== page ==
Comscore: There's an app for... everything (report)

Comscore: There's an app for... everything (report)

Summary: Those accessing the mobile web rarely use a mobile browser, instead choosing some of the millions of apps.


Society is spending more time on the web than ever before. This is especially true for the smartphone crowd. New numbers from Comscore show that out of all of those folks accessing the web while mobile, virtually all of them are using apps and not a browser.

App usage is growing rapidly as smartphones are now in over half of phone owner hands in the U. S., according to Nielsen. The feature phone is headed for the relic bin as cheap smartphones intrude on the turf formerly reserved for the dumb phone.

The mobile web usage statistics from Comscore show that all of those smartphone users are in one app or another almost all the time. Apps are used to access the web a staggering 81.5 percent of the time spent online, leaving mobile browsers in the dust.

The app usage breakdown is telling, as Twitter users access the social network using apps and not the web a whopping 96.5 percent of the time. Facebook fares better on the browser, but still 80 percent of the time it is accessed with apps. That's slightly better than access to Google sites, as those are accessed 81.1 percent of the time through apps instead of a browser.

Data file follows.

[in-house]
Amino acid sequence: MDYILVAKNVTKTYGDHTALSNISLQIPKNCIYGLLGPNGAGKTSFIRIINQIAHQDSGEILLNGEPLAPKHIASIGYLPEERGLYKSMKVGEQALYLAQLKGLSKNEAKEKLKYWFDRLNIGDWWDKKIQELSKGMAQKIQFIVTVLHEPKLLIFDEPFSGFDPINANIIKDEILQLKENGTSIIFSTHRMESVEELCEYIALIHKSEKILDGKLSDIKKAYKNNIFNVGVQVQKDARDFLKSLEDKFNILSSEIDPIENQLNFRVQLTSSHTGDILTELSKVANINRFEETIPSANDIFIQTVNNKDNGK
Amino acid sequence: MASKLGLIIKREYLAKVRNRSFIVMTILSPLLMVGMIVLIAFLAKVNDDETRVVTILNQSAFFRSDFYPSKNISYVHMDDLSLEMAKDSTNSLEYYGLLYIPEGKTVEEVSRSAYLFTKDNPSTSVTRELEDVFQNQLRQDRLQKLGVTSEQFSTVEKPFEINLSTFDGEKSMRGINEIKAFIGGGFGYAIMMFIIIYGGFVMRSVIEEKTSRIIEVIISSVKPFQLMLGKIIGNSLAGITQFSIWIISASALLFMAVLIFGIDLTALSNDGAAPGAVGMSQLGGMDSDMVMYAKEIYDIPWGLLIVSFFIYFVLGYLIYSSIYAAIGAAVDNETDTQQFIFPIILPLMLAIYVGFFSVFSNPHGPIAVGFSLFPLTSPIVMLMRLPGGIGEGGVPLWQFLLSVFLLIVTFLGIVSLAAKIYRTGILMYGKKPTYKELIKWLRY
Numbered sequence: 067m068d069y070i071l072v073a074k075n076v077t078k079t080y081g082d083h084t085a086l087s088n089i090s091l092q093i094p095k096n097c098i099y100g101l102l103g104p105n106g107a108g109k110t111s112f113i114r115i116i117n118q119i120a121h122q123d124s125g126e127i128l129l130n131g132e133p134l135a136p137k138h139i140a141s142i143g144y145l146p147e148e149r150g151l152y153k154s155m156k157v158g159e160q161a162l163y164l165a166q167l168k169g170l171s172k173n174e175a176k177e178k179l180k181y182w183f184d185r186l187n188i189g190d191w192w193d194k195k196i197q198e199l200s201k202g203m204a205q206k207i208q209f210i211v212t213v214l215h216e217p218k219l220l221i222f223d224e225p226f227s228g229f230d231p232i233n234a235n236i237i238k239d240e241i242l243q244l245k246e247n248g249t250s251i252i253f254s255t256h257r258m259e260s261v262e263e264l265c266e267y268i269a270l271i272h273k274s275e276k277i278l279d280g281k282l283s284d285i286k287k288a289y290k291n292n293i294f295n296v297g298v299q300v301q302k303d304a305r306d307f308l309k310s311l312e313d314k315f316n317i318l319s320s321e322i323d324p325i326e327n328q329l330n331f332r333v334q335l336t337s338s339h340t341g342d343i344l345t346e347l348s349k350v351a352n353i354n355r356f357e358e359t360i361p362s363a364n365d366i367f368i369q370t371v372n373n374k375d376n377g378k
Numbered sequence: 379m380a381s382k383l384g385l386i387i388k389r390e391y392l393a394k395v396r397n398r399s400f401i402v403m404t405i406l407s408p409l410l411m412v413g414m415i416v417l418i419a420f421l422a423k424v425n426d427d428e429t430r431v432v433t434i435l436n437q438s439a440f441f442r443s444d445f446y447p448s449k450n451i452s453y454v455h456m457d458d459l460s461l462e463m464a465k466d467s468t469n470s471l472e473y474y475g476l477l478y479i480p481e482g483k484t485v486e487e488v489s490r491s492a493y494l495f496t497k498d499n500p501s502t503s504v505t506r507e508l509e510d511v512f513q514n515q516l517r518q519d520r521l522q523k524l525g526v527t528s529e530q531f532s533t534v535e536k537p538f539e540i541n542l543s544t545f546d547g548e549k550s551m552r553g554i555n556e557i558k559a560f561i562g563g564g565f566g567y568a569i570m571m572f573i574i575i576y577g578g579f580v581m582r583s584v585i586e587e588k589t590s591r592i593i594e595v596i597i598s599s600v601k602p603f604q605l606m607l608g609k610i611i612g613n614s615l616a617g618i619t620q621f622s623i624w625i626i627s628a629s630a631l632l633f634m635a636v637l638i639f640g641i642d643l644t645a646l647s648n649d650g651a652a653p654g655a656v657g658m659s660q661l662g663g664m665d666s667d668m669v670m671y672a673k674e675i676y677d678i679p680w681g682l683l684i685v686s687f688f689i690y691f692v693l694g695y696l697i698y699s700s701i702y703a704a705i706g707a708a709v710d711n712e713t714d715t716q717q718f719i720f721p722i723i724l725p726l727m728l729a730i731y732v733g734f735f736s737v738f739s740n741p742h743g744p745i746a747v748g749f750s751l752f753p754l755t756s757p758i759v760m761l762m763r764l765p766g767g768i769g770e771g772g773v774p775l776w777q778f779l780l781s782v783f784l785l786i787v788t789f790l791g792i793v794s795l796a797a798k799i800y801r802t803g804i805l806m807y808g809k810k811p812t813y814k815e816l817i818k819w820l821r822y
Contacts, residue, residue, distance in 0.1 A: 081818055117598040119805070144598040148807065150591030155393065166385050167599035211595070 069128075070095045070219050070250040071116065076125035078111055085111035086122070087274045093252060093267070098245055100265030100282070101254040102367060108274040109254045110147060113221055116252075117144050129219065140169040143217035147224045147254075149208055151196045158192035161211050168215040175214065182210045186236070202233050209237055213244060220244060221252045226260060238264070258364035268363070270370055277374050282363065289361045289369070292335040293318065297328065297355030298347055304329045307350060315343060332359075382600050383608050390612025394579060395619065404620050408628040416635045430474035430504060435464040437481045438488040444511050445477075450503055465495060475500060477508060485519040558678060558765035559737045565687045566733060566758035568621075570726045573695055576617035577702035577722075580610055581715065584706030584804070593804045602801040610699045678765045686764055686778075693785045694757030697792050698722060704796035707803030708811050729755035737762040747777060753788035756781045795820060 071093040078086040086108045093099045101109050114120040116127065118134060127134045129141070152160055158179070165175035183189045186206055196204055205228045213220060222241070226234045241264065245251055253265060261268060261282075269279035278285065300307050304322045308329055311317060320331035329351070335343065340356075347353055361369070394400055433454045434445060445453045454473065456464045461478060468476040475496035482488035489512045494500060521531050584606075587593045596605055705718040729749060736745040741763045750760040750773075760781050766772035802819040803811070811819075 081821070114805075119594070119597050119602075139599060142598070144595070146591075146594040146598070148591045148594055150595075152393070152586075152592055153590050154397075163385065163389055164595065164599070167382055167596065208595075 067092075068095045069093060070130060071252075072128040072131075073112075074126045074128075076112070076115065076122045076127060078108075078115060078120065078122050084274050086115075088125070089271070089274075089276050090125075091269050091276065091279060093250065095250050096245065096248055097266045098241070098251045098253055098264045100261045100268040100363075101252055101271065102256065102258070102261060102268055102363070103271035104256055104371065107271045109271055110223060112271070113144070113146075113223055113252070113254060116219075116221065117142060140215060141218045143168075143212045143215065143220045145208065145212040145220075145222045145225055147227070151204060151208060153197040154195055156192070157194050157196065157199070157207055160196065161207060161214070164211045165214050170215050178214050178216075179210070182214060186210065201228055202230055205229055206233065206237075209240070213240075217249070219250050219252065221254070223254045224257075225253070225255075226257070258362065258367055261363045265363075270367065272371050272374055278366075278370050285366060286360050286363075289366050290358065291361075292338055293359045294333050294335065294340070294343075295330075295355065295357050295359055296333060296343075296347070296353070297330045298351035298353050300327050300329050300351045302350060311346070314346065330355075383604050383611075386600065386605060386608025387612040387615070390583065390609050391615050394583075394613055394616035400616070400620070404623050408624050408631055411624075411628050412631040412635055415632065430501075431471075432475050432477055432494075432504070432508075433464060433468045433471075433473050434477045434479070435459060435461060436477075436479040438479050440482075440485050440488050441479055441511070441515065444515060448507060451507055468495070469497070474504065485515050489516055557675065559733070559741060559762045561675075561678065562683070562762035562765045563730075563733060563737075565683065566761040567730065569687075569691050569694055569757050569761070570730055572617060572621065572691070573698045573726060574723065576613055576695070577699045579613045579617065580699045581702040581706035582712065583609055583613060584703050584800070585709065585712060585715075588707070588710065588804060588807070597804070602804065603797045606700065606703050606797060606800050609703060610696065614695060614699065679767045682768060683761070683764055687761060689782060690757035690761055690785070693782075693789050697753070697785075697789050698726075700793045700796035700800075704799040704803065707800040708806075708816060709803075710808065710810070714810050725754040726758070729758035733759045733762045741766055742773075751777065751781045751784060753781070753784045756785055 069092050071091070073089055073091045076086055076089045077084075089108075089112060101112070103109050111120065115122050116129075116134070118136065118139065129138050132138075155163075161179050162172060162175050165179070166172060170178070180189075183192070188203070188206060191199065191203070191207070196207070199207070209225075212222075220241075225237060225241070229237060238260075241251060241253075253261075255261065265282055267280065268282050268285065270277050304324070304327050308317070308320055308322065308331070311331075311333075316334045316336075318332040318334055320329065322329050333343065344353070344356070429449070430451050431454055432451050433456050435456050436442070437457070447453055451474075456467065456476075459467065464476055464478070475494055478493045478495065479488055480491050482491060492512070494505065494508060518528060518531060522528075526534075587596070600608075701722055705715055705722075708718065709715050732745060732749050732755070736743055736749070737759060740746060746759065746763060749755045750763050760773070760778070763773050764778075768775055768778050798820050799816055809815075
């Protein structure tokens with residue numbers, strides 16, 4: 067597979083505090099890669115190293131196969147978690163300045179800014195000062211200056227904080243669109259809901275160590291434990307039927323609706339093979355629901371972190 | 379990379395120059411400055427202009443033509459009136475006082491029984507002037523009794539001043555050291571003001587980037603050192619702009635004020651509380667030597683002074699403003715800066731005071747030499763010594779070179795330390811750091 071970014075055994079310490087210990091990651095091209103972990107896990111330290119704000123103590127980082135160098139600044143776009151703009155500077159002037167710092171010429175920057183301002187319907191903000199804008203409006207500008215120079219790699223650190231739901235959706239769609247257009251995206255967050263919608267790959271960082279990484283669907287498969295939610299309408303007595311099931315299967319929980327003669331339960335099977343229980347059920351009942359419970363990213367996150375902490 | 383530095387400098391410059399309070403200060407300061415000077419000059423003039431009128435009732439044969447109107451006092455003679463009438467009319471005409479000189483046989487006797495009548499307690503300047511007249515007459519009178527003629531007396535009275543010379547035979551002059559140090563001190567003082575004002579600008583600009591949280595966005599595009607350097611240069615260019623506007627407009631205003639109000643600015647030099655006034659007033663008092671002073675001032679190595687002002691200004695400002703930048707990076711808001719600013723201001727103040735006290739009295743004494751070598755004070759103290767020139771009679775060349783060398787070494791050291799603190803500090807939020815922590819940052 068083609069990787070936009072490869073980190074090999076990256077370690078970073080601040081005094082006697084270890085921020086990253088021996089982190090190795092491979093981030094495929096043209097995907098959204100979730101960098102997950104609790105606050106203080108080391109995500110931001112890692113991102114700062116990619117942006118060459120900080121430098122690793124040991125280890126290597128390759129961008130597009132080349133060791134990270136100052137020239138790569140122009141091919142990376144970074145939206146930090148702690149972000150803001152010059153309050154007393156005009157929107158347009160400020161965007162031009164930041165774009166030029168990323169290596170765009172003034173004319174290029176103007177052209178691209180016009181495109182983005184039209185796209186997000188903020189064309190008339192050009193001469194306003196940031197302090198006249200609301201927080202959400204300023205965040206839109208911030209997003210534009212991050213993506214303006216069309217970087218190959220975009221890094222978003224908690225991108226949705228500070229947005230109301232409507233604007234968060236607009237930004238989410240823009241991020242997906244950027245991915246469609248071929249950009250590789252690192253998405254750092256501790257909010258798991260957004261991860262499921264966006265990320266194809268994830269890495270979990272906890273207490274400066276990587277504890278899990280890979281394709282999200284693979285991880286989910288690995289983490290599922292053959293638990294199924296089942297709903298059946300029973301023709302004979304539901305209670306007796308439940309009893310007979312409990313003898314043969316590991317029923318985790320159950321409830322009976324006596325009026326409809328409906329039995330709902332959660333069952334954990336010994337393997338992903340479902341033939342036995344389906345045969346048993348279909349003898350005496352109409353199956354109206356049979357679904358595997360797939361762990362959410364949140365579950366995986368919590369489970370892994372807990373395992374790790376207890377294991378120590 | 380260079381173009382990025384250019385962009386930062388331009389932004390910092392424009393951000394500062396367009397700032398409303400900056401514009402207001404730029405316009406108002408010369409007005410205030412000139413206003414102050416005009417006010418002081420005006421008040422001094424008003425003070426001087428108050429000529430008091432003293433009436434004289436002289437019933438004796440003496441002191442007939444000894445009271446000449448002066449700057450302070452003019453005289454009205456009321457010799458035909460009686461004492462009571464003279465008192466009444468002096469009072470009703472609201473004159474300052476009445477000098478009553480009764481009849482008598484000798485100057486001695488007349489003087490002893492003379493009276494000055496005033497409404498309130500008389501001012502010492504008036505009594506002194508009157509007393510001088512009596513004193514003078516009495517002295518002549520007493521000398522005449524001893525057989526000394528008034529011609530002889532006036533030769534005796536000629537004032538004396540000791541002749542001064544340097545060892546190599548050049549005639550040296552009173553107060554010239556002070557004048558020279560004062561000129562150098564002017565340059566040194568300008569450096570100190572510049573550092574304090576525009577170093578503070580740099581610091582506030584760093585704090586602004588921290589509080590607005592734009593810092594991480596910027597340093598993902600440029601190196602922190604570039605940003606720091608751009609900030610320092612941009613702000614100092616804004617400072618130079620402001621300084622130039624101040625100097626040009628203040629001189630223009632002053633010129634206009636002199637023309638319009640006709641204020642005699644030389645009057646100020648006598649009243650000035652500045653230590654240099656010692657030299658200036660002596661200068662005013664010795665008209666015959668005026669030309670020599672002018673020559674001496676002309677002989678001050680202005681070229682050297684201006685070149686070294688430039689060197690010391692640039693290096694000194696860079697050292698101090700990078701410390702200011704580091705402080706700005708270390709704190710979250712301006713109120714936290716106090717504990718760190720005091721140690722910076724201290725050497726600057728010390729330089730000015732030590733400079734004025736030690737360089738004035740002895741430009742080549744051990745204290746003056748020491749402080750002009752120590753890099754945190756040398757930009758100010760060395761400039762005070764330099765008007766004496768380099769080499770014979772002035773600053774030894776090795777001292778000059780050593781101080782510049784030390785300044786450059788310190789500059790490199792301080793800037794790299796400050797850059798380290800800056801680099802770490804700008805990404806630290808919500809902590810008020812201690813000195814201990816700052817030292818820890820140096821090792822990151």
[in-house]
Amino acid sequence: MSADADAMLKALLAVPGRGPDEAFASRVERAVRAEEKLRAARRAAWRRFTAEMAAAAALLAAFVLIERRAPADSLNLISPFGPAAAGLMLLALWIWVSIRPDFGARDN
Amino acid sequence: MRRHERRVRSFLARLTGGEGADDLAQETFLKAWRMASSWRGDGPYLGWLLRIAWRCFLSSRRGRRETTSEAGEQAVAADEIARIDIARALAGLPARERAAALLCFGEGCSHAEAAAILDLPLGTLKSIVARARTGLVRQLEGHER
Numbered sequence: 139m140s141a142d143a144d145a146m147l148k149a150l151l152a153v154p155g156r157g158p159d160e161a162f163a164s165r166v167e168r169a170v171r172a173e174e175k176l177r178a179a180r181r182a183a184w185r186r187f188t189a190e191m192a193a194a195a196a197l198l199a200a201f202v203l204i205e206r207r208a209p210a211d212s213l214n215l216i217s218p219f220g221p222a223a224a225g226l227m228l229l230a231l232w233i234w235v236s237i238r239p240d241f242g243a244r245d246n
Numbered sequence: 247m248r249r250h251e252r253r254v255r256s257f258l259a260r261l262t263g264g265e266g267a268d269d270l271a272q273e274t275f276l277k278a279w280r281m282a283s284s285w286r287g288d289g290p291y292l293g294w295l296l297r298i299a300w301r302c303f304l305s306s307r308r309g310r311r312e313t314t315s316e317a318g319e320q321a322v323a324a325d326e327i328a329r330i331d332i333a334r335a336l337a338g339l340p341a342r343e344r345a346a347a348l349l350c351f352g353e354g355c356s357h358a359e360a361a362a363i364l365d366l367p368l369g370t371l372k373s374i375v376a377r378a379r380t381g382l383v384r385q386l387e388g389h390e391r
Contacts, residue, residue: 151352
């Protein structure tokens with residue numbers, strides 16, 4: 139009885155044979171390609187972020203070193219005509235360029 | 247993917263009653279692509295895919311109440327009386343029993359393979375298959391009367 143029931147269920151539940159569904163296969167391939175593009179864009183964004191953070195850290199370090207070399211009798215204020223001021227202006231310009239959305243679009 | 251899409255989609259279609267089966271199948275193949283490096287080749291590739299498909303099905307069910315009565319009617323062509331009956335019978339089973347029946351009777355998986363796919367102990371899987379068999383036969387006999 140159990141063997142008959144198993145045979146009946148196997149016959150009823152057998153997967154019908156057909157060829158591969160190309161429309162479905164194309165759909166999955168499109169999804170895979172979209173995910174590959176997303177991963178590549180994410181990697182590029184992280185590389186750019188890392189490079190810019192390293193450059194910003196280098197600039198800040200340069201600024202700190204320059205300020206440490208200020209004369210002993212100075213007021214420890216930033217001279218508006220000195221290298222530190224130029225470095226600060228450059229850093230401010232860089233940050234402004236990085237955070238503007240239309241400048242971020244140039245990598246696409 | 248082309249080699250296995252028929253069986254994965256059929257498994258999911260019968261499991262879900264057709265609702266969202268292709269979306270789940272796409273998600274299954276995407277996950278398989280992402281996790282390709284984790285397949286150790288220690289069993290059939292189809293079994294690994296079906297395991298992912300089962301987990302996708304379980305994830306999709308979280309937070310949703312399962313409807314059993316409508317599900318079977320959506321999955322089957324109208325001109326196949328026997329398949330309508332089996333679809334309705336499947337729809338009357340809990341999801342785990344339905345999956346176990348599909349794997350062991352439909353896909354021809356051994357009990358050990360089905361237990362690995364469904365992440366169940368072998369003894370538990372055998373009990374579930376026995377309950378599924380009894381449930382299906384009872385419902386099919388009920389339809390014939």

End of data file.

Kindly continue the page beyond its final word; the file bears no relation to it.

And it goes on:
That last figure is surprising, as Google services are designed to be used in a browser. Google apps are not known for being very good compared to the browser, but the statistics show that doesn't matter to users.

The next time you are in public waiting for a table in a restaurant, look around and of all of the people you see tapping on a phone, you can make some assumptions. They are probably using an Android phone (with a 48 percent share), and they are almost certainly in one app or another. It seems there's an app for everything.

Topics: Smartphones, Apps, Browser, Mobility, SMBs

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  • Wait, what?

    According to the figures in your chart, it's 48% Android and 32% iOS. From those numbers, you cannot extrapolate that they're "probably" using Android. There's a 1 in 3 chance that they're using iOS. Quit making unsupported statements in what is supposed to be a News article.